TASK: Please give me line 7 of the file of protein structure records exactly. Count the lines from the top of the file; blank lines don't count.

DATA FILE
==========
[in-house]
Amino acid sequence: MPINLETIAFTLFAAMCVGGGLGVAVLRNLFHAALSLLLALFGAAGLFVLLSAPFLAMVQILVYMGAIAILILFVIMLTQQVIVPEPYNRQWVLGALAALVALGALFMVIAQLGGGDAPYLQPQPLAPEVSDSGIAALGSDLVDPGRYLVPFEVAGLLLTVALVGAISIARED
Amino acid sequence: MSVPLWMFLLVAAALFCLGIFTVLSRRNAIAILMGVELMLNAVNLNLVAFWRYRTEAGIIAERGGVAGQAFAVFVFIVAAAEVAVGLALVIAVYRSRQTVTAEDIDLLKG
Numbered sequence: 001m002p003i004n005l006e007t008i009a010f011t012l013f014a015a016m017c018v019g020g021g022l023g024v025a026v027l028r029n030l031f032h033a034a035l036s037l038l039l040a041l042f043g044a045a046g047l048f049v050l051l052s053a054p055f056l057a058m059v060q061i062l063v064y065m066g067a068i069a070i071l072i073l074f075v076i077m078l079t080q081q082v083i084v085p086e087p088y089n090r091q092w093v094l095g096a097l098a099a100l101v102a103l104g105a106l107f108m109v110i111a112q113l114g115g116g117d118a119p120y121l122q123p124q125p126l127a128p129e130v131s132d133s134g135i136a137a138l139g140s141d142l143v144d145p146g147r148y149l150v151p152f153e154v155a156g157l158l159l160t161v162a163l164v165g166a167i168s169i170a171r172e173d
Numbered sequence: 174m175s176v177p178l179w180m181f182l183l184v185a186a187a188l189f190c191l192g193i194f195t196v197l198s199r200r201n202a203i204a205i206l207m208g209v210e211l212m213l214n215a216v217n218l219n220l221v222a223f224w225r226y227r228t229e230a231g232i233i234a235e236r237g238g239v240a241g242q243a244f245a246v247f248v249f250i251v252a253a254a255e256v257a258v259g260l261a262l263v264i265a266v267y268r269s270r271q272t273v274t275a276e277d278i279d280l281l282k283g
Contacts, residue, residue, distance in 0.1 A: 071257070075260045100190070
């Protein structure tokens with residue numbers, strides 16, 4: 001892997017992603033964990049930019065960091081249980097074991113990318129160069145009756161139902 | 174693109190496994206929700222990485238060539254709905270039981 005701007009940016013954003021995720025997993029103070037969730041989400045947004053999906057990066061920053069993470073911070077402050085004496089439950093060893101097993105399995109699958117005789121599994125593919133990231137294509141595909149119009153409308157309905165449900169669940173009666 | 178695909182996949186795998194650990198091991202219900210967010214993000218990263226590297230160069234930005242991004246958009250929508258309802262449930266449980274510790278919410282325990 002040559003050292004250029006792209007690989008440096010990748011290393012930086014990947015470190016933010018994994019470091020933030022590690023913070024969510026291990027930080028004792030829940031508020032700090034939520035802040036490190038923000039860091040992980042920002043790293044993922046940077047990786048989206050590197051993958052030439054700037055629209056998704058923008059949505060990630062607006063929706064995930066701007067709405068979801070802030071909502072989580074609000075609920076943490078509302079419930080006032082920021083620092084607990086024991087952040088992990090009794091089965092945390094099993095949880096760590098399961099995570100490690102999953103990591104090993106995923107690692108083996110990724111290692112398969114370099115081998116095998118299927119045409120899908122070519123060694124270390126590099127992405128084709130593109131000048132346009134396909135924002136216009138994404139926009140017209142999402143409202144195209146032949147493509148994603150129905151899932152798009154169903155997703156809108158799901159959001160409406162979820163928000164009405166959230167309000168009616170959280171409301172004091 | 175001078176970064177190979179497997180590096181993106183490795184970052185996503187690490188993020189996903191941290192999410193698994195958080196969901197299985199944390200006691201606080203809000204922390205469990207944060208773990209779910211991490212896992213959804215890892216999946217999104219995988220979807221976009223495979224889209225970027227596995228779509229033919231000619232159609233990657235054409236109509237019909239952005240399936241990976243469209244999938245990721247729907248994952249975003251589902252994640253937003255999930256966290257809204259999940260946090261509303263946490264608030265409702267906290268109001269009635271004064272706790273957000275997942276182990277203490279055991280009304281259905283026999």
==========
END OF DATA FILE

């Protein structure tokens with residue numbers, strides 16, 4: 001892997017992603033964990049930019065960091081249980097074991113990318129160069145009756161139902 | 174693109190496994206929700222990485238060539254709905270039981 005701007009940016013954003021995720025997993029103070037969730041989400045947004053999906057990066061920053069993470073911070077402050085004496089439950093060893101097993105399995109699958117005789121599994125593919133990231137294509141595909149119009153409308157309905165449900169669940173009666 | 178695909182996949186795998194650990198091991202219900210967010214993000218990263226590297230160069234930005242991004246958009250929508258309802262449930266449980274510790278919410282325990 002040559003050292004250029006792209007690989008440096010990748011290393012930086014990947015470190016933010018994994019470091020933030022590690023913070024969510026291990027930080028004792030829940031508020032700090034939520035802040036490190038923000039860091040992980042920002043790293044993922046940077047990786048989206050590197051993958052030439054700037055629209056998704058923008059949505060990630062607006063929706064995930066701007067709405068979801070802030071909502072989580074609000075609920076943490078509302079419930080006032082920021083620092084607990086024991087952040088992990090009794091089965092945390094099993095949880096760590098399961099995570100490690102999953103990591104090993106995923107690692108083996110990724111290692112398969114370099115081998116095998118299927119045409120899908122070519123060694124270390126590099127992405128084709130593109131000048132346009134396909135924002136216009138994404139926009140017209142999402143409202144195209146032949147493509148994603150129905151899932152798009154169903155997703156809108158799901159959001160409406162979820163928000164009405166959230167309000168009616170959280171409301172004091 | 175001078176970064177190979179497997180590096181993106183490795184970052185996503187690490188993020189996903191941290192999410193698994195958080196969901197299985199944390200006691201606080203809000204922390205469990207944060208773990209779910211991490212896992213959804215890892216999946217999104219995988220979807221976009223495979224889209225970027227596995228779509229033919231000619232159609233990657235054409236109509237019909239952005240399936241990976243469209244999938245990721247729907248994952249975003251589902252994640253937003255999930256966290257809204259999940260946090261509303263946490264608030265409702267906290268109001269009635271004064272706790273957000275997942276182990277203490279055991280009304281259905283026999």